Friday, November 30, 2012

Hermetically Seal Me for My Own Protection

"Stop crying, or I'll give you something to cry about." 

In a nutshell, that was my childhood.  I heard it often and I took it to heart.  Not only did I pride myself on not being a "crybaby," I had no patience for others who cried.  Especially women.  I once had a roommate who would burst into loud, messy tears every time she stubbed a toe or had a hangnail.  No, I'm not exaggerating.  It drove me absolutely batty.  I used to say things like, "Meg, crying never fixed anything," and "Great, so I cry-when I'm done, I'll have a red nose, blotchy face, red eyes, and a headache, but whatever I was crying about will still be a problem."  My husband must have thought he'd hit paydirt when he caught me--a wife who doesn't burst into tears all the time. 

And then I had our son . . . and EVERYTHING changed.

I cry so easily I sometimes want to punch myself in the nose.  "At the drop of a hat?"  Depends on the hat--yeah, I can see sobbing over a hat if the circumstances were right.  There are movies I've seen a dozen times that still turn me into a woobly crybaby.  Predictably, uncontrollably.  Just yesterday, I saw a video of a deaf girl who's trained a horse to do dressage-type things, and I cried watching her.  I cry during arguments--I try not to, I fight it with all I've got, but invariably, it gets me.  I've been accused of "turning on the water works" as a tool or a way of "winning."  Nothing could be further from the truth--as far as I'm concerned, the moment those tears start flowing, I've LOST.  As soon as the tears start, I know I've made a fool of myself and everyone just wants me to shut up and go away until I can pull myself together.  I have never cried on purpose to garner sympathy, and I never would.  The self-loathing would destroy me.

Today, I was reading someone's blog.  Nice gentleman, don't know him personally.  He just retired a few months back, and I'm hoping his new life is full of adventure.  I then read back a little further into his blog.  Read about his beautiful wife, Nancy, and how leukemia ended her.  And I cried.  I cried and cried.  I'm crying now, just writing about it.  I'm crying for Nancy.  I'm crying for a man I don't even know who loved her so much.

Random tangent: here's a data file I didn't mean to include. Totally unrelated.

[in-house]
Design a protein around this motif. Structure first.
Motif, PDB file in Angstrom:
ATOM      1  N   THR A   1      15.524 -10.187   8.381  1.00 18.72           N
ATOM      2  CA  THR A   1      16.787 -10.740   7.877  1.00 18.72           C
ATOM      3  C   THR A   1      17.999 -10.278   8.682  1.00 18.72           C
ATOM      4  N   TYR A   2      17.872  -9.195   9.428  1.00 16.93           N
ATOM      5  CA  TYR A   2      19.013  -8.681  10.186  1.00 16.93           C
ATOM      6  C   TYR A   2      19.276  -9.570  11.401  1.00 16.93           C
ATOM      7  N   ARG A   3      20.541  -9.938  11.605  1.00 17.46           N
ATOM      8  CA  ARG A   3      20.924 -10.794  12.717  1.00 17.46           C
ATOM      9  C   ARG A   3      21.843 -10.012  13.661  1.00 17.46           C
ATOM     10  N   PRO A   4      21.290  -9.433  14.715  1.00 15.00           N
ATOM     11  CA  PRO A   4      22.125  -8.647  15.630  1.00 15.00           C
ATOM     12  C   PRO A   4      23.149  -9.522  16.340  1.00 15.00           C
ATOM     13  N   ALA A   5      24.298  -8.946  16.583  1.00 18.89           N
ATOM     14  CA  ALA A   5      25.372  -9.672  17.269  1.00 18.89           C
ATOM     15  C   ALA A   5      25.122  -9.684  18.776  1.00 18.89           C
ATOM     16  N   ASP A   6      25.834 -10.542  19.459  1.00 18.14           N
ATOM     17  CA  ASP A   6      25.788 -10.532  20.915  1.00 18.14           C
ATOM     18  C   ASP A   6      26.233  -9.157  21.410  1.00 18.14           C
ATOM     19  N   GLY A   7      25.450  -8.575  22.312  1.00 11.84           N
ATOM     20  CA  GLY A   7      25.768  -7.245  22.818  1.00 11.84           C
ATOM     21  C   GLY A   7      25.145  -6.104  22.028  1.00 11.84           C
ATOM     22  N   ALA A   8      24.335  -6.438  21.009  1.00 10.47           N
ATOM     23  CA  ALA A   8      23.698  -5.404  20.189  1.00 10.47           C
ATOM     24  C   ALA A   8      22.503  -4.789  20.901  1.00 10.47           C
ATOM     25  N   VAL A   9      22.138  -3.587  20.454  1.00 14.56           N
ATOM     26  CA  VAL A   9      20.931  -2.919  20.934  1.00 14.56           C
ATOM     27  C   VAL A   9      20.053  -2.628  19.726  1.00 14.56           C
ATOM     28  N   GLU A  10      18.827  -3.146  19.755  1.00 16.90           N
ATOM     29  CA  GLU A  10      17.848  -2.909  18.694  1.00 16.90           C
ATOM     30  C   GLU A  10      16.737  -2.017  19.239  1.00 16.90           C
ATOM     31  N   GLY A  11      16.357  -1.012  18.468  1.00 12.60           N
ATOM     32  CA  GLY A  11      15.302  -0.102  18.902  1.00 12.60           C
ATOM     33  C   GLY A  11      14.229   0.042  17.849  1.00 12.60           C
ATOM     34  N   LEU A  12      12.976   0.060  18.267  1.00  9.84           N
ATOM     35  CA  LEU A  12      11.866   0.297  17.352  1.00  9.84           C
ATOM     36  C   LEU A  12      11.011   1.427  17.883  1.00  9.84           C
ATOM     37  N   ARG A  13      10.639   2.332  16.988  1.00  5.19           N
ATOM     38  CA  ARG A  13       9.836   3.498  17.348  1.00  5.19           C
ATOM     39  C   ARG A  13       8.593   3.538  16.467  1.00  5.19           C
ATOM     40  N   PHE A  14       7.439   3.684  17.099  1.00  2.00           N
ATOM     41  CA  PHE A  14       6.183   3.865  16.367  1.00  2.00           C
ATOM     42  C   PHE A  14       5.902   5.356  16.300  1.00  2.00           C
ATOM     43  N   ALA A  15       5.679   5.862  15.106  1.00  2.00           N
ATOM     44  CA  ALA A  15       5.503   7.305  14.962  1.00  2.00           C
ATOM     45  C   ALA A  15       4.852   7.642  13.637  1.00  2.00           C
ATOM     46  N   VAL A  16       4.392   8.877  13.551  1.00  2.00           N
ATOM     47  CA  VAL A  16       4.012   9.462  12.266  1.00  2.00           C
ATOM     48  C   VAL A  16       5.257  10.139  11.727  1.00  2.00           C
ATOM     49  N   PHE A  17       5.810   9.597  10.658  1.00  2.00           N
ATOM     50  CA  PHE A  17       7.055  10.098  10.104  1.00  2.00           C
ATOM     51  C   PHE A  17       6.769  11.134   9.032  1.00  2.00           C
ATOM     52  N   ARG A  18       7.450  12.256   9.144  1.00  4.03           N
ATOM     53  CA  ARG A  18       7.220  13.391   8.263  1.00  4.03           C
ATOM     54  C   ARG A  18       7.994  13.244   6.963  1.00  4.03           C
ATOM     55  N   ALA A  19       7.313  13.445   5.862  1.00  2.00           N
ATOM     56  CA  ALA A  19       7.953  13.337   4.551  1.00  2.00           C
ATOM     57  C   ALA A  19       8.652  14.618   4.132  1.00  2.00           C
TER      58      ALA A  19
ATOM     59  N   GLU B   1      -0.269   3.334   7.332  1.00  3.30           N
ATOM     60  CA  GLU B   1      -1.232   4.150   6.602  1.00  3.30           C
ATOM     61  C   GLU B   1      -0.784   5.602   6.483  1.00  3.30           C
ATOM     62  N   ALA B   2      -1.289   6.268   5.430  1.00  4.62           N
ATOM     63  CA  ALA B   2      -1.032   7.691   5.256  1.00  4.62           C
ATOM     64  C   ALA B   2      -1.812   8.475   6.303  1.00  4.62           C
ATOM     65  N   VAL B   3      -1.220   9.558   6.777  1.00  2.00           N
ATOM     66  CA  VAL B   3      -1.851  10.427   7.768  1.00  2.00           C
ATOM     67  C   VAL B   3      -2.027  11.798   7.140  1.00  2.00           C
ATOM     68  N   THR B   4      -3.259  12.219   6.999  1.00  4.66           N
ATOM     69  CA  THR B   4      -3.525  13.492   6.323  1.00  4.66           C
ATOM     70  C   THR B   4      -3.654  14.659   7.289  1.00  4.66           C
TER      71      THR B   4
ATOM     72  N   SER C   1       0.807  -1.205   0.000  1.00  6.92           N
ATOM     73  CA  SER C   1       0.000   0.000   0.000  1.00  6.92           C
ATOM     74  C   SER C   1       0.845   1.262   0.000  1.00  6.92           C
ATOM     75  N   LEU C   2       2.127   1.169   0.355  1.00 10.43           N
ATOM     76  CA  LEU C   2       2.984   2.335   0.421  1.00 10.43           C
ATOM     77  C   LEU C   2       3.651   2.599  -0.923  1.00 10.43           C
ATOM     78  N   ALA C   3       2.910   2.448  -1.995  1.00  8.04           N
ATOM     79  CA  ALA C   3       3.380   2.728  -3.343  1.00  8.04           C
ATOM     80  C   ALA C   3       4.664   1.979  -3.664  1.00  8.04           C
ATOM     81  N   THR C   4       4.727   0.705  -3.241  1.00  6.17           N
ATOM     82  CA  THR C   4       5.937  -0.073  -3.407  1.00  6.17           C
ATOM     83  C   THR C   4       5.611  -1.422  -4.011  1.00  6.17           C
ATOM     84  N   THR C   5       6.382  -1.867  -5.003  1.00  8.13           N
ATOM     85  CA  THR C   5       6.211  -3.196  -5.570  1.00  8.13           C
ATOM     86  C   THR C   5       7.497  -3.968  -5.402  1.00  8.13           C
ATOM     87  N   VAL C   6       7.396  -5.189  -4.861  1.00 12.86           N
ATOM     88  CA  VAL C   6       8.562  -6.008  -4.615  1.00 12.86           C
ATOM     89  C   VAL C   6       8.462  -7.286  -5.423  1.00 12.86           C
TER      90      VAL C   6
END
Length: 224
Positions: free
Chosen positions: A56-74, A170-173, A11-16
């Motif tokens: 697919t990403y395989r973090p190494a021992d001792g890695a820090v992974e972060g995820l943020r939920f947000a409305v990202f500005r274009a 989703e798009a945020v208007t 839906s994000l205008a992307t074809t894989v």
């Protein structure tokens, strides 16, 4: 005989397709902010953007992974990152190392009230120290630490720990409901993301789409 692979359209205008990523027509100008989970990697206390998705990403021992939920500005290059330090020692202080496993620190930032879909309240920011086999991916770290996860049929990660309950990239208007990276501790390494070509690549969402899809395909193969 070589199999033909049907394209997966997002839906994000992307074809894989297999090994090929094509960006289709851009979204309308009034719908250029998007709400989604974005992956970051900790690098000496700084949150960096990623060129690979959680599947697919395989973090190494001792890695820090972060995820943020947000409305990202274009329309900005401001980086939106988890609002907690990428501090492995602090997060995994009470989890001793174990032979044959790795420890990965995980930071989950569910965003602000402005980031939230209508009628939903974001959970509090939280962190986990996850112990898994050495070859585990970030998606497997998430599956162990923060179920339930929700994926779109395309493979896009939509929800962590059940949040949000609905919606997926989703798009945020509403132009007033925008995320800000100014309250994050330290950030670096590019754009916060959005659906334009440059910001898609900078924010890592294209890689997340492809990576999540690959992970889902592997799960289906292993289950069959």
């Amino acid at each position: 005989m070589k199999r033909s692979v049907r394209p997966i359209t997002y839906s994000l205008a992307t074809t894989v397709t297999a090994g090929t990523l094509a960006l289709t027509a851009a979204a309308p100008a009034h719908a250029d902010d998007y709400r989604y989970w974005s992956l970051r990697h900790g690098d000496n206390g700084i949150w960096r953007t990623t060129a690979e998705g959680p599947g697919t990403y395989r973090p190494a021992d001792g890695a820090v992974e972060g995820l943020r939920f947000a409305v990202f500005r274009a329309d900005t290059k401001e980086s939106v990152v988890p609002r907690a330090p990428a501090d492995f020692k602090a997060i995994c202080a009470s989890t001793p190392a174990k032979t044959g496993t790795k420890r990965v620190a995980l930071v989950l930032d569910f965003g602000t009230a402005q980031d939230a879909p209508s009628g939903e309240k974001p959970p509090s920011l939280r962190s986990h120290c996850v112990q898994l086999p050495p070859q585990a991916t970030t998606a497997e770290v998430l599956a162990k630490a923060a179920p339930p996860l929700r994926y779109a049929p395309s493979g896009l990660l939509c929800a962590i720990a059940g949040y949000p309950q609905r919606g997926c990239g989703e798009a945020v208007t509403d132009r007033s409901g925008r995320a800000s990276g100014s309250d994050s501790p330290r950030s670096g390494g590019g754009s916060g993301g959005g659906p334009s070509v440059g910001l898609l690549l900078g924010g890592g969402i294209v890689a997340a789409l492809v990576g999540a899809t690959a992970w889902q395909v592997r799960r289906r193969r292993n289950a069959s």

Going from being a water-works hater to a grade-A crybaby has been illuminating.  You see, I really did believe that tears are something we can choose to turn on or off.  I realize now, that's not true.  I don't know what broke in me when I had my son, I don't know what hormonal or neuro/electrochemical thing was awakened, but there it is.  I mean, sure, I can fight it . . . sort of.  I can clench my lips, turn away, tilt my head back, and keep wiping at my eyes furiously.  Given enough time and space, that will usually stave off a full-bore boobing fit.  Usually.  Though it's still plain to anyone around that I'm crying.  But how am I supposed to do that, say, in the WORKPLACE?  I'm a stay-at-home parent, I home school our son.  But the day will likely come when I'm out there in the workforce again.  What am I going to do the first time a supervisor gets on me for something unfairly and I feel that surge of frustration and anger and sadness and desire to be understood coalescing into tears? 

Crybabies don't fare well in the workplace.  Nobody likes them, and understandably--who wants to be cried at in a professional setting?

I used to have a wall.  A protective coating between me and the things that tore at my heart.  Sure, what put it there was pretty unhealthy, but the thing kept me safe--it was like the tasty icing on an otherwise lousy cake.  But it's long gone now, and I don't know how to fashion a replacement.  I don't know if I can.  I may be doomed to be "that chick who's always crying."  My son's kids may whisper to each other, "Don't upset Grandma, you know how she gets." 

And yeah, that idea did bring a mist to my eyes. 

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